*In Aeschylus’ Agamemmon the statement is made that the thalamites sit below the zygites.
*Polybius describing a collision during the battle if Chios in 201 B.C. states that one ship penetrated the middle of the hull of the other under the thranites thole (fulcrum pin).
*Polyaenus notes that in a storm additional thranite oars were put out to aid in steering indicating that the thranites sat in the rear of the ship. Some historians believe that the Thranites were in the aft position, the zygites in the center, and the thalamites in the bow. This suggests a bow to stern division of rowers as opposed to a vertical division which doesn’t make sense given the need to layer the rowers and equip them with different length oars.
*A trireme oar inventory has been uncovered which lists 62 thranite oars, 54 zygite oars, and 54 thalamite oars.
*There is an Athenian dockyard record that indicates that thranite oars no longer serviceable could be made into zygite oars, i.e. be shortened by cutting off the worn parts.
*Aristotle in his Mechanics says that the mesoneoi (young rowers) sat in the “middle” and had the longest oars. One assumes he uses middle to mean the center line or farthest from the side of the ship.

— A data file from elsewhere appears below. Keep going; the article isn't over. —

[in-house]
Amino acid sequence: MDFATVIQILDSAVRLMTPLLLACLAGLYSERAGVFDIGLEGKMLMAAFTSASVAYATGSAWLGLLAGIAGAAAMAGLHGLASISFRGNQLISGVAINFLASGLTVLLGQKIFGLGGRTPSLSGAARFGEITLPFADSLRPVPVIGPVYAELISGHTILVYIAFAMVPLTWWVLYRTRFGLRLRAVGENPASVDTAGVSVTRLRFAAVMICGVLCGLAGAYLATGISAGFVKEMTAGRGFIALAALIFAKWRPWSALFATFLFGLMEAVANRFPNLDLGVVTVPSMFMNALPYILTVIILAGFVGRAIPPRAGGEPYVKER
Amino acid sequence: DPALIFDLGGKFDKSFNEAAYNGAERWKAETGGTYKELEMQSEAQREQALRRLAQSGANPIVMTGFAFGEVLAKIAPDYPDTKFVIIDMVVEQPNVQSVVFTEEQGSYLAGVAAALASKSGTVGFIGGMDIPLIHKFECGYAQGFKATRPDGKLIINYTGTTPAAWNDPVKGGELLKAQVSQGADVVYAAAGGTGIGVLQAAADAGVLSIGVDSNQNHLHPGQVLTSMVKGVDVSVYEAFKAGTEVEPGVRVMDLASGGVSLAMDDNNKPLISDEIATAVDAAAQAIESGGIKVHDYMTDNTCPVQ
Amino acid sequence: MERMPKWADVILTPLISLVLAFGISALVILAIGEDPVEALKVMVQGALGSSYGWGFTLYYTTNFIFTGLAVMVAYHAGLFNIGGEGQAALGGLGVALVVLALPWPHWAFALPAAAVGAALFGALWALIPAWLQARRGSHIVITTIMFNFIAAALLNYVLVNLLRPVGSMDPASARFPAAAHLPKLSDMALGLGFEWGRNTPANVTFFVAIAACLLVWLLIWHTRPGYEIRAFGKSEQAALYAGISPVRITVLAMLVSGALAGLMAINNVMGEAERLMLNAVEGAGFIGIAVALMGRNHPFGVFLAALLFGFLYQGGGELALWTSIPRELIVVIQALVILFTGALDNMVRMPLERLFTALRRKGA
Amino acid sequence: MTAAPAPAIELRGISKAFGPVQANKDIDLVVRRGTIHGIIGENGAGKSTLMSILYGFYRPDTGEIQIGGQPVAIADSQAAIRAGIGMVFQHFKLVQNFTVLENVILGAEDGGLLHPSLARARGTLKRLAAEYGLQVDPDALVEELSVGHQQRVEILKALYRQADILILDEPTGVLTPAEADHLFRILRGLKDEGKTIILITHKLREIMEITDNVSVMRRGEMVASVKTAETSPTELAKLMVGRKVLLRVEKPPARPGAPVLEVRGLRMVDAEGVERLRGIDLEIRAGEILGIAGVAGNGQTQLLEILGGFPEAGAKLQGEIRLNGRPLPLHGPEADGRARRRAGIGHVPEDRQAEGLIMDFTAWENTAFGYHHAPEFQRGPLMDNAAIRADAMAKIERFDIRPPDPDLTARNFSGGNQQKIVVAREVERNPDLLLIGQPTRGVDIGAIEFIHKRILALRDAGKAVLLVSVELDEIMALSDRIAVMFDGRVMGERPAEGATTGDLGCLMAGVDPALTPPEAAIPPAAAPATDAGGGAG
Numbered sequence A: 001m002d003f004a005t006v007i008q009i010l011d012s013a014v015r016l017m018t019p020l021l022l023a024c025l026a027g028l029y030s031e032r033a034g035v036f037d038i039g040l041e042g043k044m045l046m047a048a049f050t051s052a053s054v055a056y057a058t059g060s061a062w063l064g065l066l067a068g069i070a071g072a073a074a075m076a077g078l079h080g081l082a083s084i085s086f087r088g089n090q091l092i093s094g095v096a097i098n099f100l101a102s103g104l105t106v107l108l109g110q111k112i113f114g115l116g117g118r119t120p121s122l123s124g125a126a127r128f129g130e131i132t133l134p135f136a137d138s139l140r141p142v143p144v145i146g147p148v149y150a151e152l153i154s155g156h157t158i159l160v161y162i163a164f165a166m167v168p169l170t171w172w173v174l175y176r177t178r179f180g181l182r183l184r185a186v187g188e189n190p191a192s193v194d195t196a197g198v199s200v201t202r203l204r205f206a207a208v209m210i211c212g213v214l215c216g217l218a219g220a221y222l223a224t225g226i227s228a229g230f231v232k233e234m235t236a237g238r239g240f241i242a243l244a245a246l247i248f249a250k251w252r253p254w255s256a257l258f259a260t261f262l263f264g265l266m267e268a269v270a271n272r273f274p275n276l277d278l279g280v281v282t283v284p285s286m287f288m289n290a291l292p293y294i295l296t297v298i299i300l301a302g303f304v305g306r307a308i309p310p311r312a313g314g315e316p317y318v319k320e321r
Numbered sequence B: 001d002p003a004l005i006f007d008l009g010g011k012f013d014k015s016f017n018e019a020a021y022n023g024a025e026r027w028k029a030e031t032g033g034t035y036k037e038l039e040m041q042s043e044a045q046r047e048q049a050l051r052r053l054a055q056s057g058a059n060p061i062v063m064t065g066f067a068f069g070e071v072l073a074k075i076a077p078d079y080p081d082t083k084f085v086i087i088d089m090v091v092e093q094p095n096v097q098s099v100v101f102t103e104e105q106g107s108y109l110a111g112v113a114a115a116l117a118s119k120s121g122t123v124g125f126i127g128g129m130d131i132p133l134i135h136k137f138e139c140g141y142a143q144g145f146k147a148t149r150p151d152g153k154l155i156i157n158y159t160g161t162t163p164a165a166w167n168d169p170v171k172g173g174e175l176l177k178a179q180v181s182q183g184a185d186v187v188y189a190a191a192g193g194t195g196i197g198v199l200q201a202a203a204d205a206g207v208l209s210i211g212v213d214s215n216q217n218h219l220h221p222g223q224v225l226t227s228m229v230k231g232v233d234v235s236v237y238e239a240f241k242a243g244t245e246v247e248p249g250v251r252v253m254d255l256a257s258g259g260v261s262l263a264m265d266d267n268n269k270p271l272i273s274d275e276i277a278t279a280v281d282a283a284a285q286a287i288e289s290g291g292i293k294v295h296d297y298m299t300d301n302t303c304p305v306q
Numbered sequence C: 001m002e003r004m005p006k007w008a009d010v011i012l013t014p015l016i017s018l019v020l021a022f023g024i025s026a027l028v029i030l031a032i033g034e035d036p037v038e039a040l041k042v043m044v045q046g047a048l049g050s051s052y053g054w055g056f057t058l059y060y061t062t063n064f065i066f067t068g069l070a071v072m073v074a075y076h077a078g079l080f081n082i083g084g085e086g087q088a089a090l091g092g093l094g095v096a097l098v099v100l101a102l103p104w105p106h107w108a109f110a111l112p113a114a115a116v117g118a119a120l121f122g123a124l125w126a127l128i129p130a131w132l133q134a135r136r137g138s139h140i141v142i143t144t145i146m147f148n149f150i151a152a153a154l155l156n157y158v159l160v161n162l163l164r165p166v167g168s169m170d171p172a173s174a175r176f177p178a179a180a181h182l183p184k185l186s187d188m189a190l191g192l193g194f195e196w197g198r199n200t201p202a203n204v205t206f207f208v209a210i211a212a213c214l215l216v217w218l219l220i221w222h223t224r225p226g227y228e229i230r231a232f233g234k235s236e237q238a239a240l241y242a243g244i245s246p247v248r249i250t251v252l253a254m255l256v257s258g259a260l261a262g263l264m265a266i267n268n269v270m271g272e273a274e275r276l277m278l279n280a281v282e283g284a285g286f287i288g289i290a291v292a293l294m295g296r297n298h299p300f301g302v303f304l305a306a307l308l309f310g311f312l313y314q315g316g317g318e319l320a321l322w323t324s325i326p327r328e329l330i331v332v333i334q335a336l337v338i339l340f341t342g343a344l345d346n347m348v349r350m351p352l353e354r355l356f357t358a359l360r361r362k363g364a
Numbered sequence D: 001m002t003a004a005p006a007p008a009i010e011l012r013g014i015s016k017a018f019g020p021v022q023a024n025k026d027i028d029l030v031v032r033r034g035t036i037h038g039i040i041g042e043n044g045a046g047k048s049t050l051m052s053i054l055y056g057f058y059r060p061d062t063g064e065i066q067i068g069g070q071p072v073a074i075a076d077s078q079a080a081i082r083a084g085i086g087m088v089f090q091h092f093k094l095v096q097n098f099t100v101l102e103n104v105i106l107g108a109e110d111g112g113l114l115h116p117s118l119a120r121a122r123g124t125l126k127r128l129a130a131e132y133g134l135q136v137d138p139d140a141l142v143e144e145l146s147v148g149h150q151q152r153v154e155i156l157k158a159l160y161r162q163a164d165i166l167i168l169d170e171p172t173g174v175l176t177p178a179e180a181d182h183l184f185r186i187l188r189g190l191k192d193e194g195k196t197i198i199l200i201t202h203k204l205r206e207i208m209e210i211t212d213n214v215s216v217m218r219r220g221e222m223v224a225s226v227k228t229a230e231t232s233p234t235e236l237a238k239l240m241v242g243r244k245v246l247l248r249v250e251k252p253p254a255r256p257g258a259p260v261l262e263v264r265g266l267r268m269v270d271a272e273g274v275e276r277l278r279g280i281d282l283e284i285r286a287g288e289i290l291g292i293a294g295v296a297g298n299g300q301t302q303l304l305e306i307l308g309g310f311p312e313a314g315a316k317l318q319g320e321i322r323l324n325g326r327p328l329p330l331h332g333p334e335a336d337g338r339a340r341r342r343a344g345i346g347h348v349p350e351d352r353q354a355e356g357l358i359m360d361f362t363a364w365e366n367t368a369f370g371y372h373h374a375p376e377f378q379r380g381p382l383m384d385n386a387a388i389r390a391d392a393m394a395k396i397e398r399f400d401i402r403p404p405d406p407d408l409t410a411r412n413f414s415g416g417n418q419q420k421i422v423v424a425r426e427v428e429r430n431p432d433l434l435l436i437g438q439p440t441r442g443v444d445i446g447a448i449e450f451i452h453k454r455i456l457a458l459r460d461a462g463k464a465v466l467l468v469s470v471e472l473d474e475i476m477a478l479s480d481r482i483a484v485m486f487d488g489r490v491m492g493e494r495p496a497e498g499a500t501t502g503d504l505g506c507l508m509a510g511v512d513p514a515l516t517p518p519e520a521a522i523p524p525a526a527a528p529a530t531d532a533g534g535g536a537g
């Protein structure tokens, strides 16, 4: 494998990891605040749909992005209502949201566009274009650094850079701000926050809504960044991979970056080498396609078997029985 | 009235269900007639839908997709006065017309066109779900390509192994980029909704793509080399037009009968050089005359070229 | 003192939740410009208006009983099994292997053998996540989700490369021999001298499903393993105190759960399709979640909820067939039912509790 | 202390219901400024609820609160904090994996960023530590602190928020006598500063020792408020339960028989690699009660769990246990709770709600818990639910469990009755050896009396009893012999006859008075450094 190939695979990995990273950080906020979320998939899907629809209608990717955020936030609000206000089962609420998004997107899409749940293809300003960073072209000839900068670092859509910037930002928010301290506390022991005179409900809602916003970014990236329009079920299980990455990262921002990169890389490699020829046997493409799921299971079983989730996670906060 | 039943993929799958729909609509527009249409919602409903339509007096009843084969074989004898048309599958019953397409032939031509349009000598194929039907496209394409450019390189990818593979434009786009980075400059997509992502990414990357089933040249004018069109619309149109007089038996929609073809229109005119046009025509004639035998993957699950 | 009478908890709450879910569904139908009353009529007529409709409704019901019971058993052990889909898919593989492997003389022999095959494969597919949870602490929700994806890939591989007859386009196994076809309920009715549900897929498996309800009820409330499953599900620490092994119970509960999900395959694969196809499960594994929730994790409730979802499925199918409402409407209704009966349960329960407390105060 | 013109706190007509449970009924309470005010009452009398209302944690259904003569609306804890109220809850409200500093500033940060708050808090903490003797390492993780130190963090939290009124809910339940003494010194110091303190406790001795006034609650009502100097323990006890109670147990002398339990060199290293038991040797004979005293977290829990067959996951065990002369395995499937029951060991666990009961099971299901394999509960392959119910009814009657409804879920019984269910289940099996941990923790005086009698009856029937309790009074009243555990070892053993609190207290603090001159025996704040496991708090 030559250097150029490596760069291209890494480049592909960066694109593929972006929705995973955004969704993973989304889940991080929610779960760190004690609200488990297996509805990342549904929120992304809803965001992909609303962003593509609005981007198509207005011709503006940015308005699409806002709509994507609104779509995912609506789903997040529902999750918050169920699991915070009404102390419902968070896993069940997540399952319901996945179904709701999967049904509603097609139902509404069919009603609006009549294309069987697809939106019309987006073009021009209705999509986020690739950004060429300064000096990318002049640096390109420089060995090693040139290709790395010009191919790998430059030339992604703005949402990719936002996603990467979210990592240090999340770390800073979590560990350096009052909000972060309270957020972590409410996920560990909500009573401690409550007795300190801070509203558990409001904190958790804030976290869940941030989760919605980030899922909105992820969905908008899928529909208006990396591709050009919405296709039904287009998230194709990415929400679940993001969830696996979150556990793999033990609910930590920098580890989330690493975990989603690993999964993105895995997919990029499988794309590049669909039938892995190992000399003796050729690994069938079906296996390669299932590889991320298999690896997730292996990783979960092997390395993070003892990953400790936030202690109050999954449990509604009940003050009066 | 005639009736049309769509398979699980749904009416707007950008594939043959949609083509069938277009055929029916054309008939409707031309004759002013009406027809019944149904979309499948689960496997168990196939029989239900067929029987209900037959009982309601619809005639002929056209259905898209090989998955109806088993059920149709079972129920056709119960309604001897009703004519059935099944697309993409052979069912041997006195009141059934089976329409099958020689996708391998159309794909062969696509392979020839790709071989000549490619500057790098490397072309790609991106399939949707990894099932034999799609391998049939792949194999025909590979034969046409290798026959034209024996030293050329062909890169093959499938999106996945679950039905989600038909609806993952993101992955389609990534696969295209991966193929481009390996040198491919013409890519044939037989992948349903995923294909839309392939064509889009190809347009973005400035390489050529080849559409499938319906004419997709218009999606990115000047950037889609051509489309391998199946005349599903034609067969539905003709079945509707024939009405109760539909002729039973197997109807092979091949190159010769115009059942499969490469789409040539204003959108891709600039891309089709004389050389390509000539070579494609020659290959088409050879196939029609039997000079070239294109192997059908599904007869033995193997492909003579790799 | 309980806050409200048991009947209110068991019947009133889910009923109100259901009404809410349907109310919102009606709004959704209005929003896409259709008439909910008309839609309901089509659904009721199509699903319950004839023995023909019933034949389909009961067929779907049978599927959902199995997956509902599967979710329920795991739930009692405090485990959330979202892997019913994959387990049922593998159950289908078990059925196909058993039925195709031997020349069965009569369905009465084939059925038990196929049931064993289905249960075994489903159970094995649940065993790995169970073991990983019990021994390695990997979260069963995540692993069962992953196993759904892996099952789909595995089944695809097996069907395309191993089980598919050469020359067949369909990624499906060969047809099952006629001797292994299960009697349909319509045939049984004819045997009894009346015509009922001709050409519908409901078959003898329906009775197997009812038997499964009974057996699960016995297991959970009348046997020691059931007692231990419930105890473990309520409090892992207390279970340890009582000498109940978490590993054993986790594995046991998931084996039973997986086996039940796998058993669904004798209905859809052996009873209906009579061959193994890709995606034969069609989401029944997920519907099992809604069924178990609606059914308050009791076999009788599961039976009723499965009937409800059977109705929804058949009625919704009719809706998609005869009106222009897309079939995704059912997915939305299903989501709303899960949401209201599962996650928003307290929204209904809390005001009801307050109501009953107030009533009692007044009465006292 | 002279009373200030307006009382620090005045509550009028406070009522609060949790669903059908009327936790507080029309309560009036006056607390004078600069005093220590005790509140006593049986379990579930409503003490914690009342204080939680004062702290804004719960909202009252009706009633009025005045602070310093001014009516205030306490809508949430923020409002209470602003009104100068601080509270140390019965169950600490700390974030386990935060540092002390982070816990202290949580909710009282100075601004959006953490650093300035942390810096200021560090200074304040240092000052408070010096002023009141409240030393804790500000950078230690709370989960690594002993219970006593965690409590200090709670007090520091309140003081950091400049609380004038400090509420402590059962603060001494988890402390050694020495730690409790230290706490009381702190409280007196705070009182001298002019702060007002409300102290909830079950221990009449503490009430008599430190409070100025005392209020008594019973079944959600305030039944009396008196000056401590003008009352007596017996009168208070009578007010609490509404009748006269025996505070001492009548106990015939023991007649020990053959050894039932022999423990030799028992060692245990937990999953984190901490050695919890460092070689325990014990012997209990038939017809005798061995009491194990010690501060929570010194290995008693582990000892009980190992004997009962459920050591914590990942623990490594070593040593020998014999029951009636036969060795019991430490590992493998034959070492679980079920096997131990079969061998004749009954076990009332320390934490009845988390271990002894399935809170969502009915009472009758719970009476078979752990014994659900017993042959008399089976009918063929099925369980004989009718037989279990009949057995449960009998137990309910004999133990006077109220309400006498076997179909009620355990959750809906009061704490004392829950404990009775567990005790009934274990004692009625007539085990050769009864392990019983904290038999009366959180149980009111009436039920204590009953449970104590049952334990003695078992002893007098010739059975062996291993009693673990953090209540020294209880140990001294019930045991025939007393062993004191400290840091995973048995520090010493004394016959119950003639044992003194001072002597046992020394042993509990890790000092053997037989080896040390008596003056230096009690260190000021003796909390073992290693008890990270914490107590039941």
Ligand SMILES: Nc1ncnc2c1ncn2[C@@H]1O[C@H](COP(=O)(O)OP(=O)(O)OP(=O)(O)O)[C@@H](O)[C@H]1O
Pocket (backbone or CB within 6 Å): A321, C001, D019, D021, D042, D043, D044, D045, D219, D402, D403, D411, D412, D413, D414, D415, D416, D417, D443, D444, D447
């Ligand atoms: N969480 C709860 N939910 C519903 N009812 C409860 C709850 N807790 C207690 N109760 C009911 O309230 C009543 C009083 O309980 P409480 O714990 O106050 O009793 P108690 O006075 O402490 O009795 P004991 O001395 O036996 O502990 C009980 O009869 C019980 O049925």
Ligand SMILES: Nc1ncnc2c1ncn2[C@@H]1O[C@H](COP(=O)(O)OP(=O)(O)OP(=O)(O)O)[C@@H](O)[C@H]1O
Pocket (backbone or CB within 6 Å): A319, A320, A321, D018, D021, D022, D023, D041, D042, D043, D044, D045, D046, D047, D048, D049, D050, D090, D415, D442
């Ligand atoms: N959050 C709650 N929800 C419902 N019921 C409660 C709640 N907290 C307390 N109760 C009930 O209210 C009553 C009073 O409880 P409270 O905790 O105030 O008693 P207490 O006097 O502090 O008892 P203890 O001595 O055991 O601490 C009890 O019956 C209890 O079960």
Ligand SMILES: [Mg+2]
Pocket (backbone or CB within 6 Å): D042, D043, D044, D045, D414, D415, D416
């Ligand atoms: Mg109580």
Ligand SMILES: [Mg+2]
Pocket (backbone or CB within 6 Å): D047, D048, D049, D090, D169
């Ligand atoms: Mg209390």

In the crude drawings below I show how the rowers could have been positioned to satisfy all the historical statements. The rowers sat on benches angled to the back of the ship, with the thranites, zygites, and thalamites seated next to each other. The bench was stepped to allow the rowers to swing their oar without hitting the men sitting next to them.
A demonstration of this configuration was made using oar lengths of 10,12 and 13.5 feet and showed good results.
During the Golden Age of Athens, the trireme was the warship of choice. A dockyard record from 325 B.C, however, lists 360 triremes, 50 quadriremes, and 7 quinqueremes indicating an evolution in craft types.
By the First Punic War the Romans were using mainly quinqueremes as discussed in the previous article. With incomplete knowledge of how triremes were manned, we must throw up our hands as we contemplate how a quinquereme could be rowed using five groups of rowers. Most likely there was a group who moved their oars from a standing position, but this is a guess.
A few more relevant points are interesting. The trireme was said to be capable of 8 knots, which is good compared to sailing ships of the time. Pliny cites some Roman sailing records the fastest of which is a run from Ostia to Africa of 270 nautical miles at an average speed of 6 knots. How long the rowers could maintain their speed is unknown. One would imagine exhaustion setting in after 10-20 minutes, but we don’t know whether all rowers were pulling in order to make an 8 knot speed.
And one more thing. Rowers were not slaves as portrayed in popular culture – at least the Greek oarsmen weren’t. There are pay slips extant showing that the thalamite rowers were paid less because their oars were shorter.